Law Against False Imprisonment

Law Against False Imprisonment

Law Against False Imprisonment

Law Against False Imprisonment

Persons have the right to not be restrained or confined by someone else without consent or legal justification. This right applies to those being detained by police officers and civilians. However, if someone is unlawfully held without their consent, they can pursue criminal and civil cases. In California, it is a crime to falsely imprison a person without their consent.

For example, two friends are in the middle of a discussion and both disagree with one another. Friend A decides to leave the discussion by exiting the room, but Friend B closes and locks the door in order to prevent Friend A from leaving. This is illegal.

The article below is a summary of the crime; however, we encourage you to reach out to us if you have been accused, or have been the victim, of false imprisonment.

How Does False Imprisonment Occur?

Under California Penal Code Section 236, it is illegal to falsely imprison another individual. If the victim calls the police and the prosecutor moves forward with charges, the defendant can only be found guilty of the crime if the prosecutor meets their burden of proof. It must be proven that the defendant restrained, detained, or confined the victim without the victim’s consent and, thereby doing so, the victim had to remain or go somewhere. Most importantly, the imprisonment occurred without the victim’s consent and their detention was against their will. The detainment/confinement can occur in a myriad of ways; the victim could have been physically restrained or even threatened.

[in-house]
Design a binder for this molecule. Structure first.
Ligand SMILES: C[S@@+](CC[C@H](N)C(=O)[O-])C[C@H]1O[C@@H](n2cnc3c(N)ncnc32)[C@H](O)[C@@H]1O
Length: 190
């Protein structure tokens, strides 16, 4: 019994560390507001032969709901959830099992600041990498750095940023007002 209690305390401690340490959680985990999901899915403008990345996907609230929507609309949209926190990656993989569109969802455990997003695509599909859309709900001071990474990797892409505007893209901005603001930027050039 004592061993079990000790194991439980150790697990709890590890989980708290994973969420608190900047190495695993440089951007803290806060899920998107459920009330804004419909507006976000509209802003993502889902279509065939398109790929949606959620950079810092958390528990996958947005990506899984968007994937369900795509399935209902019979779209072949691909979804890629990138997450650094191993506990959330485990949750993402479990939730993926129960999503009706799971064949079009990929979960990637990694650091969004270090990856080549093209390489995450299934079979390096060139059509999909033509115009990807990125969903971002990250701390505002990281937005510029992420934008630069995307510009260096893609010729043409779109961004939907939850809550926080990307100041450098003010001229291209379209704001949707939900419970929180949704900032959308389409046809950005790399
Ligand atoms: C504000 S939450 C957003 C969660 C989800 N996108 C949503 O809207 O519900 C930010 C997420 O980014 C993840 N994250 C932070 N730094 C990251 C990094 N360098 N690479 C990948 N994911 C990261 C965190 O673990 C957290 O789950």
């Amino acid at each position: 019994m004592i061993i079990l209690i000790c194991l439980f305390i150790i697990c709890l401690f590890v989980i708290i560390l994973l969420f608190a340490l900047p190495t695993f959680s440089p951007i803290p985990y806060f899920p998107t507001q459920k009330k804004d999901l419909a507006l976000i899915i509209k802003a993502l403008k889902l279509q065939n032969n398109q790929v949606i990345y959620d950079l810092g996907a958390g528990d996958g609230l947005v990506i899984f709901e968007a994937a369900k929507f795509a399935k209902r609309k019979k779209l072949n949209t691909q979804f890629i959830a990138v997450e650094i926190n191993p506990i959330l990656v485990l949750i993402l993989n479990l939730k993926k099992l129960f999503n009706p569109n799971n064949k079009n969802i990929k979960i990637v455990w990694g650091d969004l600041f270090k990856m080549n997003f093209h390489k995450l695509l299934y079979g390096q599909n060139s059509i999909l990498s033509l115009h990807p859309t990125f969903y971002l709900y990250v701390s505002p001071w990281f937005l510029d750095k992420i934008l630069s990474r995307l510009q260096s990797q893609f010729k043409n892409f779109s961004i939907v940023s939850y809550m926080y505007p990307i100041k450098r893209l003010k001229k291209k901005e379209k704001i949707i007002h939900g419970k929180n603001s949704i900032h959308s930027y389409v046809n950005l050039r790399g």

Penalties for Committing False Imprisonment

There are some legitimate defenses against a false imprisonment charge. For example, police officers have the right (in appropriate cases) to detain individuals. This defense cannot be used if the police officer did not have the legal right to do so. Another common defense is to prove that the victim actually consented to the act.

However, if the defendant is found guilty, they face a misdemeanor with jail time of up to a year and fines. The conviction can increase to a felony in some circumstances and, if this does occur, the defendant could be sentenced to years in prison.


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